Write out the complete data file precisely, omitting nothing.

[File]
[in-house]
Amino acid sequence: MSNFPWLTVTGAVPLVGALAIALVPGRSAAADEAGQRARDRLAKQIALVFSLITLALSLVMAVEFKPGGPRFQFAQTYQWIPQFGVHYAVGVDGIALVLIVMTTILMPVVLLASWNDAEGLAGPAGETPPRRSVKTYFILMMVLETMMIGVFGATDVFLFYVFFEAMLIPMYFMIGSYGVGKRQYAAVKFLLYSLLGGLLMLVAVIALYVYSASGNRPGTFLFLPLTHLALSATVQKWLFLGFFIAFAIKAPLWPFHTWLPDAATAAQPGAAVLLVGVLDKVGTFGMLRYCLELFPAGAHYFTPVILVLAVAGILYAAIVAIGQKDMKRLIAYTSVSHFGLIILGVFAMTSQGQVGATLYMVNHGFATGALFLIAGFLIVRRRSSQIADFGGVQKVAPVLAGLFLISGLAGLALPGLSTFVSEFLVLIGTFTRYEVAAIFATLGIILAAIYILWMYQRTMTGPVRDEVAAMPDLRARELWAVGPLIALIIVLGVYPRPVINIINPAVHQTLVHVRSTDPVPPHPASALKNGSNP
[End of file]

[in-house]
Amino acid sequence: MSNFPWLTVTGAVPLVGALAIALVPGRSAAADEAGQRARDRLAKQIALVFSLITLALSLVMAVEFKPGGPRFQFAQTYQWIPQFGVHYAVGVDGIALVLIVMTTILMPVVLLASWNDAEGLAGPAGETPPRRSVKTYFILMMVLETMMIGVFGATDVFLFYVFFEAMLIPMYFMIGSYGVGKRQYAAVKFLLYSLLGGLLMLVAVIALYVYSASGNRPGTFLFLPLTHLALSATVQKWLFLGFFIAFAIKAPLWPFHTWLPDAATAAQPGAAVLLVGVLDKVGTFGMLRYCLELFPAGAHYFTPVILVLAVAGILYAAIVAIGQKDMKRLIAYTSVSHFGLIILGVFAMTSQGQVGATLYMVNHGFATGALFLIAGFLIVRRRSSQIADFGGVQKVAPVLAGLFLISGLAGLALPGLSTFVSEFLVLIGTFTRYEVAAIFATLGIILAAIYILWMYQRTMTGPVRDEVAAMPDLRARELWAVGPLIALIIVLGVYPRPVINIINPAVHQTLVHVRSTDPVPPHPASALKNGSNP